Written By Zach Stevenson, Esq. – A Fellow at Georgia Lawyers for the Arts and Georgia PATENTS. Zach Stevenson is licensed to practice in the State of Georgia and the United States Patent and Trademark Office.
One of the most common misunderstandings I encounter when discussing patent law is with provisional patent applications. Almost every inventor is determined that he or she must get a provisional patent. Unfortunately, some clients will throw away time, effort, and money by not utilizing provisional patent applications correctly. In this 3-part article, I hope to better explain the purpose, common problems, and best strategies to utilize provisional patent applications.
- Part 1: What is a Provisional Patent Application?
- Part 2: Common Pitfalls with Provisional Patent Applications
- Doing Nothing Within One Year of Filing a Provisional Patent Application
- Paying Too Much for Provisionals – Failure to Claim Small or Micro Entity Status
- The “Provisionals are Cheaper than Non-Provisionals” Fallacy
- Failure to Provide Adequate Written Description
- Drawings: Not Enough and Lacking Substance
- Part 3: Good Uses for Provisional Patent Applications
Part 1: What is a Provisional Patent Application?
Understanding the United States Patent System
To understand provisional patent applications, you first have to understand how the United States patent system works. The United States has a First Inventor to File patent system, which means an inventor needs to be the first person to file a patent application for an invention to receive a granted patent. For example, consider the following scenario:
- January 1, 2018: Inventor Adam invented a widget.
- March 1, 2018: Inventor Bob also invented the same widget (without knowledge of inventor Adam’s widget).
- May 1, 2018: Inventor Bob files a patent application for the widget.
- May 2, 2018: Inventor Adam files a patent application for the widget.
In this scenario, inventor Bob will have priority to the patent because he was the first inventor to file the patent application. It does not matter that inventor Adam was the first to invent the widget because he failed to file his invention before other persons. Inventor Bob will have priority over inventor Adam to the resulting patent.
Priority is important because one of the requirements for obtaining a patent is that the invention must be Novel. At the United States Patent & Trademark Office, novelty does not mean “new,” novelty means “first.” This typically means that if a person has filed a patent application or otherwise made an invention available to the public, no other person can receive a patent for the same invention.
Think of priority like standing in a line at an imaginary food truck. The imaginary food truck will not make the same dish twice. The imaginary food truck takes orders as soon as you get in line (you have to know what food/invention you want to order/submit). At the end of the line, the chef reviews what you ordered and tells you whether he can make that dish for you. However, if the chef has already made the dish at the time you hand the chef your order, the chef will refuse to make the dish for you. Any person who has stood in line before you may affect your ability to get the dish. The sooner you get in line, the more likely you are going to get the dish you want to eat.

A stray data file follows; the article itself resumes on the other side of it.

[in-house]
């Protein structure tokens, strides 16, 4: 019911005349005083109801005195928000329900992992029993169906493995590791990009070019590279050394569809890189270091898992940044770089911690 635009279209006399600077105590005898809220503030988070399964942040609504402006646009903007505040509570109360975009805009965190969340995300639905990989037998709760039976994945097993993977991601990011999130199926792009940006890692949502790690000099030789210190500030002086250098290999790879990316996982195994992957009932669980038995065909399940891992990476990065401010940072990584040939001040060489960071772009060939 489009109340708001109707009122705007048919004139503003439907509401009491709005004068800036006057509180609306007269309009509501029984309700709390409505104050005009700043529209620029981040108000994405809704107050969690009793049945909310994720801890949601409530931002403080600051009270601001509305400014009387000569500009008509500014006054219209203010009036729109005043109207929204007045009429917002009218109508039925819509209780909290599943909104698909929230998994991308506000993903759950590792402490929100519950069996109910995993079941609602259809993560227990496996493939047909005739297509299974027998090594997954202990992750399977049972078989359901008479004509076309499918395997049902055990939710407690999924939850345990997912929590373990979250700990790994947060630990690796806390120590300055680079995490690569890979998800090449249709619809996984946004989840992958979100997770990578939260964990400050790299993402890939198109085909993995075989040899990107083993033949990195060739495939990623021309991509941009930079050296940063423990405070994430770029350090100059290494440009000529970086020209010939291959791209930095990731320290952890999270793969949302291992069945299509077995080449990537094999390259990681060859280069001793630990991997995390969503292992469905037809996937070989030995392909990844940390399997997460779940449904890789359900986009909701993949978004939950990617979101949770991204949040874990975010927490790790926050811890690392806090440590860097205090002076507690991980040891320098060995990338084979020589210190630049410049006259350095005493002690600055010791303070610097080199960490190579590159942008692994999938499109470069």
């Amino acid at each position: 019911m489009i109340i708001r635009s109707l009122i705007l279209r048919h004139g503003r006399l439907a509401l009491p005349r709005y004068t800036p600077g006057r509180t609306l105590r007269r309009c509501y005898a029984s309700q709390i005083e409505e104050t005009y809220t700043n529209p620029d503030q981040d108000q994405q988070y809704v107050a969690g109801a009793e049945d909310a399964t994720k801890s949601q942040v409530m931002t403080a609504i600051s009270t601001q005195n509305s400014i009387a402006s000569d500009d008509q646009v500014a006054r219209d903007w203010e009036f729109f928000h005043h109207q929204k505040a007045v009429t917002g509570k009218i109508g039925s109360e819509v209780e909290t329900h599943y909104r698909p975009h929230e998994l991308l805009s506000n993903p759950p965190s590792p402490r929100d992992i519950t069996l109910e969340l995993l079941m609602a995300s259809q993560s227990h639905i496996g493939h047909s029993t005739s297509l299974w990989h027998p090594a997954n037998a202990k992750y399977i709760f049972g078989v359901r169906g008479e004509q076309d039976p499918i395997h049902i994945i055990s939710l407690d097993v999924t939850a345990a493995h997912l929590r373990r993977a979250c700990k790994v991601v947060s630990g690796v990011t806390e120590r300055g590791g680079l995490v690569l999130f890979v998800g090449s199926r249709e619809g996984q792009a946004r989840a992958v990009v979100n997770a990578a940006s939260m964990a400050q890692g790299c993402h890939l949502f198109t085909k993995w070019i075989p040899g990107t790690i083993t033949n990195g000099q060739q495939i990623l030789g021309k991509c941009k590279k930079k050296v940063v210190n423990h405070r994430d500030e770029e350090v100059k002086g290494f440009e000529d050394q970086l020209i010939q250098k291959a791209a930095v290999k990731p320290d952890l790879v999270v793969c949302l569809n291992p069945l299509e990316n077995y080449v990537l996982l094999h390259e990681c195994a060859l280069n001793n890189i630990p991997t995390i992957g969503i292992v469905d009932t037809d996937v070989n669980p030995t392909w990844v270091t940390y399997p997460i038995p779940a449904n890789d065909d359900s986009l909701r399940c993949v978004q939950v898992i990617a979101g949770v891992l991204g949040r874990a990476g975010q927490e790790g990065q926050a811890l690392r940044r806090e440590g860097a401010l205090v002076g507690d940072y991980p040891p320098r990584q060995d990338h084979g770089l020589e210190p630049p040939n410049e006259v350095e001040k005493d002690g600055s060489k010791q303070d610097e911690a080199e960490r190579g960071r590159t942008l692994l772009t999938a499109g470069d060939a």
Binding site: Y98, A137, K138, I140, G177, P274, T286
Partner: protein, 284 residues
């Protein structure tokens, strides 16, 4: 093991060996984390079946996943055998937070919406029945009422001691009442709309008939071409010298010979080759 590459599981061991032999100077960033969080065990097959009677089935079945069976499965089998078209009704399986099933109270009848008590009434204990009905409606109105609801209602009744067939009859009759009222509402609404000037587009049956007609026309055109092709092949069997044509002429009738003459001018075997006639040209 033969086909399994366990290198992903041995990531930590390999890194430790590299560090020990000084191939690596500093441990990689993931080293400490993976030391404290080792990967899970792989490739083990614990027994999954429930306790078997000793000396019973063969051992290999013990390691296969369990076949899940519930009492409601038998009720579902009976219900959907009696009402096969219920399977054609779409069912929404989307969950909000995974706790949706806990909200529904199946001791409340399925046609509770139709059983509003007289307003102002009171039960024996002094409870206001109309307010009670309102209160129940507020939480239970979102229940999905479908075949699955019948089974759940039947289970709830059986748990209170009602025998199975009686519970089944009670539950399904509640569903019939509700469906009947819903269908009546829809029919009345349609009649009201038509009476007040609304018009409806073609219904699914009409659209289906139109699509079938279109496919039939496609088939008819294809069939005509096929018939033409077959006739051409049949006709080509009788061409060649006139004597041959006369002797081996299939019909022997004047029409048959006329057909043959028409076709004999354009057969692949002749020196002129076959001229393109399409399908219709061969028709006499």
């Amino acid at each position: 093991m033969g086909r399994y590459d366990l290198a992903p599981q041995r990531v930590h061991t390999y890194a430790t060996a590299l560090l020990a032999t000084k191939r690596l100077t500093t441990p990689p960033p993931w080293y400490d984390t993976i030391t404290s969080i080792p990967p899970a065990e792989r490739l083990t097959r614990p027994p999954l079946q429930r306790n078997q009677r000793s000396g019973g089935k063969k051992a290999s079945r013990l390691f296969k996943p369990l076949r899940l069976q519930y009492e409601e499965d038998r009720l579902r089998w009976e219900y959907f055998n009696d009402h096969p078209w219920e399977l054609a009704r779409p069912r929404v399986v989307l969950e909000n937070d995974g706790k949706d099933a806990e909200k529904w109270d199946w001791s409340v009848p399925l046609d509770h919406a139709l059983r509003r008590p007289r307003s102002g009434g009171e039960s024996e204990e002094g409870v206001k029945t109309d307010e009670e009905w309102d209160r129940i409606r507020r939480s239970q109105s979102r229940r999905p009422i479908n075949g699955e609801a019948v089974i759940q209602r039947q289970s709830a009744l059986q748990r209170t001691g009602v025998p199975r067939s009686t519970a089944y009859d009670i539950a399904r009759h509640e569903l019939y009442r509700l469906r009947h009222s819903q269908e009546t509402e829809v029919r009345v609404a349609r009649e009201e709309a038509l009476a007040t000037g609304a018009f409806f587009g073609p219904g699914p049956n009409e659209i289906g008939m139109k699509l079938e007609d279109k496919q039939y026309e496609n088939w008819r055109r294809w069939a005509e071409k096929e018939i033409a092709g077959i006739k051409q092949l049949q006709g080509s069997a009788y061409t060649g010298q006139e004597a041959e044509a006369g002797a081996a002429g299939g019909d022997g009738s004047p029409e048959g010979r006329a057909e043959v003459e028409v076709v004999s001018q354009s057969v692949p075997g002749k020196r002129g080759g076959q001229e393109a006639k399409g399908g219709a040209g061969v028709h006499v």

Provisional Patent Applications Explained
To establish priority, the inventor must file either a provisional or non-provisional patent application. Provisional patent applications only conditionally establish priority. Priority for a provisional patent application is only granted if the provisional patent application is converted into a non-provisional filing within one year. Additionally, priority is only granted over the information disclosed in the provisional patent application. Any information not originally provided in a provisional patent application, including new or changed information, but later provided in the non-provisional patent application will have the priority date of the non-provisional patent application, not the provisional patent application.
Going back to the food truck analogy, filing a provisional patent application is like ordering your dish and then paying some random person to hold your place in line for one year. Some people use the one-year period to look at other food trucks to get ideas of how to modify their order (continue inventing), some people try to sell your place in line (sell the rights to any patent), and some people do nothing. However, if you do not come back and stand in line within one year, the random person standing-in for you will get out of line and pocket your money. This example demonstrates the requirement for a person to convert their provisional patent application to a non-provisional patent application within one year.